VS.

Ditch vs. Dyke

Published:

Ditchnoun

A trench; a long, shallow indentation, as for irrigation or drainage.

‘Digging ditches has long been considered one of the most demanding forms of manual labor.’;

Dykenoun

A long, narrow hollow dug from the ground to serve as a boundary marker.

Ditchnoun

alternative form of deech

Dykenoun

(UK) A long, narrow hollow dug from the ground to conduct water.

Ditchverb

(transitive) To discard or abandon.

‘Once the sun came out we ditched our rain-gear and started a campfire.’;

Dykenoun

Any navigable watercourse.

ADVERTISEMENT

Ditchverb

(intransitive) To deliberately crash-land an airplane on water.

‘When the second engine failed, the pilot was forced to ditch; their last location was just south of the Azores.’;

Dykenoun

Any watercourse.

Ditchverb

(intransitive) To deliberately not attend classes; to play hookey.

‘The truant officer caught Louise ditching with her friends, and her parents were forced to pay a fine.’;

Dykenoun

Any small body of water.

Ditchverb

(intransitive) To dig ditches.

‘Enclosure led to fuller winter employment in hedging and ditching.’;

Dykenoun

(obsolete) Any hollow dug into the ground.

ADVERTISEMENT

Ditchverb

(transitive) To dig ditches around.

‘The soldiers ditched the tent to prevent flooding.’;

Dykenoun

A place to urinate and defecate: an outhouse or lavatory.

Ditchverb

(transitive) To throw into a ditch.

‘The engine was ditched and turned on its side.’;

Dykenoun

(UK) An embankment formed by the creation of a ditch.

Ditchverb

alternative form of deech

Dykenoun

(obsolete) A city wall.

ADVERTISEMENT

Ditchnoun

A trench made in the earth by digging, particularly a trench for draining wet land, for guarding or fencing inclosures, or for preventing an approach to a town or fortress. In the latter sense, it is called also a moat or a fosse.

Dykenoun

A low embankment or stone wall serving as an enclosure and boundary marker.

Ditchnoun

Any long, narrow receptacle for water on the surface of the earth.

Dykenoun

Any fence or hedge.

Ditchverb

To dig a ditch or ditches in; to drain by a ditch or ditches; as, to ditch moist land.

Dykenoun

(UK) An earthwork raised to prevent inundation of low land by the sea or flooding rivers.

Ditchverb

To surround with a ditch.

Dykenoun

Any impediment, barrier, or difficulty.

Ditchverb

To throw into a ditch; as, the engine was ditched and turned on its side.

Dykenoun

(UK) A beaver's dam.

Ditchverb

To dig a ditch or ditches.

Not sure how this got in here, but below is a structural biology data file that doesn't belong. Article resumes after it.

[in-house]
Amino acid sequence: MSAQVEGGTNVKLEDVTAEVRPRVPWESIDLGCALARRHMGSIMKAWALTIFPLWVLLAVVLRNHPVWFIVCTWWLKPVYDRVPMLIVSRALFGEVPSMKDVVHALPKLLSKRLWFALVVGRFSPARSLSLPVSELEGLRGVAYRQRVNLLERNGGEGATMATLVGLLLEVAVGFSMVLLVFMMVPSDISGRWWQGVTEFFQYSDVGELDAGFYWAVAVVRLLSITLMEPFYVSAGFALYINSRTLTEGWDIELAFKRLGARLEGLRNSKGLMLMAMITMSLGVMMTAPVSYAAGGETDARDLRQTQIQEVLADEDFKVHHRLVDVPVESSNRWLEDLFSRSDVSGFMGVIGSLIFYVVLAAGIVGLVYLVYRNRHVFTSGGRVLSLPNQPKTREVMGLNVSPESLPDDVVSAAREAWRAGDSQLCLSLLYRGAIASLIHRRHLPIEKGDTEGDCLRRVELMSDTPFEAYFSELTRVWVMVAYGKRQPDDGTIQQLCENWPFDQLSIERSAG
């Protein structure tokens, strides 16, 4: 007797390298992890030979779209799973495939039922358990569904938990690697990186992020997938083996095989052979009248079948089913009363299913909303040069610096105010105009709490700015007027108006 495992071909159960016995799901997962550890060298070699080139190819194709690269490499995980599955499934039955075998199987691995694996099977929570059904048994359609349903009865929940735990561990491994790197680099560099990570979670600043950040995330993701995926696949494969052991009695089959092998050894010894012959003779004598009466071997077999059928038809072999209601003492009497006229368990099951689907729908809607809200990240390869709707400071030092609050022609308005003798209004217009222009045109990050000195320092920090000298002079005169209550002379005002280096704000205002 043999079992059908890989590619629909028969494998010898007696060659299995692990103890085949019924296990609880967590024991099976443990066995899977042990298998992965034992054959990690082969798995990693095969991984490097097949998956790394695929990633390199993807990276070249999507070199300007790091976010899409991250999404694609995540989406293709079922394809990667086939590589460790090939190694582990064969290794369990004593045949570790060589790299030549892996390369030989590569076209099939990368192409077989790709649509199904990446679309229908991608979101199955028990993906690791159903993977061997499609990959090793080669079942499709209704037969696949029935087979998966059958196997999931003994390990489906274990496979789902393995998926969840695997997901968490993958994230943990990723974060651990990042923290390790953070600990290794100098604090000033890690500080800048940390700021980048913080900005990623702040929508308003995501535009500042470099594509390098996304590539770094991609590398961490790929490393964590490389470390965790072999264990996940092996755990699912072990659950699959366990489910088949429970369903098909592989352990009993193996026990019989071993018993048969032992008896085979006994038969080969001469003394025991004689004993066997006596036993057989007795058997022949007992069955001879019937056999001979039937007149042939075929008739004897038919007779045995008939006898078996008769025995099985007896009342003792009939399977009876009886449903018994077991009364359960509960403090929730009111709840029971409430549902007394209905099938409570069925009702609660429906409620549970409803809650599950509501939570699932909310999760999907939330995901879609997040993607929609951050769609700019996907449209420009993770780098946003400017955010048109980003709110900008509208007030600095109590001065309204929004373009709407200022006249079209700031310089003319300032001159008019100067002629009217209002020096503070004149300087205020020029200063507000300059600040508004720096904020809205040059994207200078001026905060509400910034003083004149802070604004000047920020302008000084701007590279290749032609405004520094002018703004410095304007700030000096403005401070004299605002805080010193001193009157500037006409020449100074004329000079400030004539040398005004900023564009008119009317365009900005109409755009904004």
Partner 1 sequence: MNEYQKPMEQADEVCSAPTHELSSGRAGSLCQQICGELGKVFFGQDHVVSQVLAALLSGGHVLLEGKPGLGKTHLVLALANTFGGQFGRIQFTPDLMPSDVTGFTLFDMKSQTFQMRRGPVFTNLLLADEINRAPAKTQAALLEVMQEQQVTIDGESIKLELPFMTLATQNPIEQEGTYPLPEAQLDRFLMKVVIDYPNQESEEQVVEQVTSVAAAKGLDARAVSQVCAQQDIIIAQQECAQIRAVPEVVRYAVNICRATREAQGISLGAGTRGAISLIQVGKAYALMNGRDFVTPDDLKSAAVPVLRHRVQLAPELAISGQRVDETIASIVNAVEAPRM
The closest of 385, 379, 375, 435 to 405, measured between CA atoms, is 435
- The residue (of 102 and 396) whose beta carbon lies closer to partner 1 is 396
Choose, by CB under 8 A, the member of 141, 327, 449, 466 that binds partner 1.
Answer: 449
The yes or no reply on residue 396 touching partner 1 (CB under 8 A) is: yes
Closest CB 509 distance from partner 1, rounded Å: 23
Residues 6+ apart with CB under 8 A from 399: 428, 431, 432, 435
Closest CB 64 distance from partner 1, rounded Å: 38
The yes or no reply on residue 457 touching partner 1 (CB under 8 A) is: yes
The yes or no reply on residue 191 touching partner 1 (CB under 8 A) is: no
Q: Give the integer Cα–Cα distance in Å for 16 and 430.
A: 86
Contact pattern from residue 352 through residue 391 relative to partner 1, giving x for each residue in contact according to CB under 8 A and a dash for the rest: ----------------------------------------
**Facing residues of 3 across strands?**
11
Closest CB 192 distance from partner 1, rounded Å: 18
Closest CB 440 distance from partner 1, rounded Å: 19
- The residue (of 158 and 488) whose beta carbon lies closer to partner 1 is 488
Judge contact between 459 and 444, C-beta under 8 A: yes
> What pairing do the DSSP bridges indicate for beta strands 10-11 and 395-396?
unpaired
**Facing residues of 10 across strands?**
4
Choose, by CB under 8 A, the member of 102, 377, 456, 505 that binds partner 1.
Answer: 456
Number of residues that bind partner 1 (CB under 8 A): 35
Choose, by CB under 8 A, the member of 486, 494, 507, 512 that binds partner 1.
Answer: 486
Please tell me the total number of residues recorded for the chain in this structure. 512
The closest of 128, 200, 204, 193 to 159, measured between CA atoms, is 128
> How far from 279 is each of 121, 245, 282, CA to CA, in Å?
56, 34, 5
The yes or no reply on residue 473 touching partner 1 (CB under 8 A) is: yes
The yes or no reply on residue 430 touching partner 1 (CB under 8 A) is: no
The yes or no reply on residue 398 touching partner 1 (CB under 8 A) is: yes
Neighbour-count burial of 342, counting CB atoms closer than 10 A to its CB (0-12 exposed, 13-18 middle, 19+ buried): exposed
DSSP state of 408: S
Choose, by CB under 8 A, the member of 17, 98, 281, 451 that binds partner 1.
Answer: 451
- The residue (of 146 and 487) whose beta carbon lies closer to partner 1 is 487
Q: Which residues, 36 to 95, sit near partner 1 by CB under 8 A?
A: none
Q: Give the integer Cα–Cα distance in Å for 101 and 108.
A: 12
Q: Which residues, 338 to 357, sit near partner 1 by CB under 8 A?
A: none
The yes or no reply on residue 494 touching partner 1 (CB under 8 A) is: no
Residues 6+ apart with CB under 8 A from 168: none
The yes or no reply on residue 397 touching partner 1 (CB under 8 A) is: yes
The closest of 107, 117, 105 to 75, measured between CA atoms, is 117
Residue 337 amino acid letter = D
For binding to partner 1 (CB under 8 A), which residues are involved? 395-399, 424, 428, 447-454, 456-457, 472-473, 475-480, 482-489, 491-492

Dykenoun

A jetty; a pier.

Ditchnoun

a long narrow excavation in the earth

Dykenoun

(UK) A raised causeway.

Ditchnoun

any small natural waterway

Dykenoun

A fissure in a rock stratum filled with intrusive rock; a fault.

Ditchverb

forsake;

‘ditch a lover’;

Dykenoun

A body of rock (usually igneous) originally filling a fissure but now often rising above the older stratum as it is eroded away.

Ditchverb

throw away;

‘Chuck these old notes’;

Dykenoun

A lesbian, particularly one with masculine or macho traits or behavior.

Ditchverb

sever all ties with, usually unceremoniously or irresponsibly;

‘The company dumped him after many years of service’; ‘She dumped her boyfriend when she fell in love with a rich man’;

Dykeverb

To dig, particularly to create a ditch.

Ditchverb

make an emergency landing on water

Dykeverb

To surround with a ditch, to entrench.

Ditchverb

crash or crash-land;

‘ditch a car’; ‘ditch a plane’;

Dykeverb

To surround with a low dirt or stone wall.

Ditchverb

cut a trench in, as for drainage;

‘ditch the land to drain it’; ‘trench the fields’;

Dykeverb

To raise a protective earthwork against a sea or river.

Ditch

A ditch is a small to moderate divot created to channel water. A ditch can be used for drainage, to drain water from low-lying areas, alongside roadways or fields, or to channel water from a more distant source for plant irrigation.

Dykeverb

To scour a watercourse.

Dykeverb

To steep [fibers] within a watercourse.

Dykenoun

See Dike. The spelling dyke is restricted by some to the geological meaning.

Dykenoun

offensive terms for a lesbian who is noticeably masculine

Dykenoun

a barrier constructed to contain the flow of water or to keep out the sea

Dykeverb

enclose with a dike;

‘dike the land to protect it from water’;

Ditch Illustrations

Popular Comparisons

Latest Comparisons

Trending Comparisons